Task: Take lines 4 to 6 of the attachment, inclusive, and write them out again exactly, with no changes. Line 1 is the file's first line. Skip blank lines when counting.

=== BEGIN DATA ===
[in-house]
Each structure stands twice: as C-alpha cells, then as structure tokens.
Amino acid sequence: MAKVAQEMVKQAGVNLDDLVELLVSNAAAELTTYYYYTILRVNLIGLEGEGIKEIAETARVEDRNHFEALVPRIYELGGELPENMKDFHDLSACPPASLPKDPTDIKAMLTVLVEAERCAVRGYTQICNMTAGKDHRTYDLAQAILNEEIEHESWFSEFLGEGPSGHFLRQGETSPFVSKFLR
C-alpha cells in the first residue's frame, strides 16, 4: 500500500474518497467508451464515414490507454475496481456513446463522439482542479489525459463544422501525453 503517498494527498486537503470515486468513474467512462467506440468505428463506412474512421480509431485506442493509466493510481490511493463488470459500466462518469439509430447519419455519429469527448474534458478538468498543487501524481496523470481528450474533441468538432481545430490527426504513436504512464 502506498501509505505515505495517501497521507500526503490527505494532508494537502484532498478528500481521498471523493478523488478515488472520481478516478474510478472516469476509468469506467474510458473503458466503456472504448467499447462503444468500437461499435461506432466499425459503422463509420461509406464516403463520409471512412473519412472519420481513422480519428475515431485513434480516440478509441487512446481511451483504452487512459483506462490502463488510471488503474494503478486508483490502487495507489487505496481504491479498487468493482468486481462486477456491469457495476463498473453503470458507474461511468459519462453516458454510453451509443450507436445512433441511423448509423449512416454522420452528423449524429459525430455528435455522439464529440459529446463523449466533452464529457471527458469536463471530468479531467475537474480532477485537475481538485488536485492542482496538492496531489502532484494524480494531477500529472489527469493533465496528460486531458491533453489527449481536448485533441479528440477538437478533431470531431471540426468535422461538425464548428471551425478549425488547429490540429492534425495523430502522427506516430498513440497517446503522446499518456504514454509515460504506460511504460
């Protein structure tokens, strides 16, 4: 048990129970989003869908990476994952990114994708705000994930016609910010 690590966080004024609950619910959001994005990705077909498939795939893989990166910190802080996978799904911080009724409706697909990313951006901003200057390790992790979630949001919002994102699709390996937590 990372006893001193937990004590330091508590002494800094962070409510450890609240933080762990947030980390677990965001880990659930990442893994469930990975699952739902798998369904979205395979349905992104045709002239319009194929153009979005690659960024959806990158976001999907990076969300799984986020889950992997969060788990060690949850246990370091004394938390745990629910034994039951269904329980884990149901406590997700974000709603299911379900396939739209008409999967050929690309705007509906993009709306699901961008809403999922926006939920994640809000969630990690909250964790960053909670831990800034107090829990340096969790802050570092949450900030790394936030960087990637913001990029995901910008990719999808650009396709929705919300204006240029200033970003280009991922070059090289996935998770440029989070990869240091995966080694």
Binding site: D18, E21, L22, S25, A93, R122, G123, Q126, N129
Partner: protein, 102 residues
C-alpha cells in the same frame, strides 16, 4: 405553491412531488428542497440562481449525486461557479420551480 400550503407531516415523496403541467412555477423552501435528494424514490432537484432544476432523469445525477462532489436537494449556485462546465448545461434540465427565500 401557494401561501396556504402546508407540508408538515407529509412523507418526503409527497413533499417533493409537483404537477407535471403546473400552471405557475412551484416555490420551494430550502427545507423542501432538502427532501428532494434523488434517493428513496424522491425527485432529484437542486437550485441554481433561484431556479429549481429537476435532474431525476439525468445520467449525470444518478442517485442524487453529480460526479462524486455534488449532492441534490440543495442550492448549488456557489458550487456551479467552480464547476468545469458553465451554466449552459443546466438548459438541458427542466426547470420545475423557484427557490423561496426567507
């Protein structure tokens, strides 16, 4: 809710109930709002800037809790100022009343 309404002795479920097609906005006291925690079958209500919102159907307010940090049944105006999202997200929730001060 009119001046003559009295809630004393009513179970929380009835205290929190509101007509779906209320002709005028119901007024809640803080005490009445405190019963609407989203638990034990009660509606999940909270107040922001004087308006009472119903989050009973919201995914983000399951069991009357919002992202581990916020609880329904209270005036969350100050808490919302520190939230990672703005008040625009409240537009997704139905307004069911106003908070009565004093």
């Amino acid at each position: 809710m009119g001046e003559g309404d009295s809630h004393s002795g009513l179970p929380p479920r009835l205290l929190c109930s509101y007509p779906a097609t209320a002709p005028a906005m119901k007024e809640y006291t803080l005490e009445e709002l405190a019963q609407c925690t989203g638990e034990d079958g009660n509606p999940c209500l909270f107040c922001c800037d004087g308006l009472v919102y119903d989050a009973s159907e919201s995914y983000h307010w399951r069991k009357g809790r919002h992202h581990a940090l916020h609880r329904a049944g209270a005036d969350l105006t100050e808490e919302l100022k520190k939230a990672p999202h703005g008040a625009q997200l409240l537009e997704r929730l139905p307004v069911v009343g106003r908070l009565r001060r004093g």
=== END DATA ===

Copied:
C-alpha cells in the first residue's frame, strides 16, 4: 500500500474518497467508451464515414490507454475496481456513446463522439482542479489525459463544422501525453 503517498494527498486537503470515486468513474467512462467506440468505428463506412474512421480509431485506442493509466493510481490511493463488470459500466462518469439509430447519419455519429469527448474534458478538468498543487501524481496523470481528450474533441468538432481545430490527426504513436504512464 502506498501509505505515505495517501497521507500526503490527505494532508494537502484532498478528500481521498471523493478523488478515488472520481478516478474510478472516469476509468469506467474510458473503458466503456472504448467499447462503444468500437461499435461506432466499425459503422463509420461509406464516403463520409471512412473519412472519420481513422480519428475515431485513434480516440478509441487512446481511451483504452487512459483506462490502463488510471488503474494503478486508483490502487495507489487505496481504491479498487468493482468486481462486477456491469457495476463498473453503470458507474461511468459519462453516458454510453451509443450507436445512433441511423448509423449512416454522420452528423449524429459525430455528435455522439464529440459529446463523449466533452464529457471527458469536463471530468479531467475537474480532477485537475481538485488536485492542482496538492496531489502532484494524480494531477500529472489527469493533465496528460486531458491533453489527449481536448485533441479528440477538437478533431470531431471540426468535422461538425464548428471551425478549425488547429490540429492534425495523430502522427506516430498513440497517446503522446499518456504514454509515460504506460511504460
């Protein structure tokens, strides 16, 4: 048990129970989003869908990476994952990114994708705000994930016609910010 690590966080004024609950619910959001994005990705077909498939795939893989990166910190802080996978799904911080009724409706697909990313951006901003200057390790992790979630949001919002994102699709390996937590 990372006893001193937990004590330091508590002494800094962070409510450890609240933080762990947030980390677990965001880990659930990442893994469930990975699952739902798998369904979205395979349905992104045709002239319009194929153009979005690659960024959806990158976001999907990076969300799984986020889950992997969060788990060690949850246990370091004394938390745990629910034994039951269904329980884990149901406590997700974000709603299911379900396939739209008409999967050929690309705007509906993009709306699901961008809403999922926006939920994640809000969630990690909250964790960053909670831990800034107090829990340096969790802050570092949450900030790394936030960087990637913001990029995901910008990719999808650009396709929705919300204006240029200033970003280009991922070059090289996935998770440029989070990869240091995966080694």
Binding site: D18, E21, L22, S25, A93, R122, G123, Q126, N129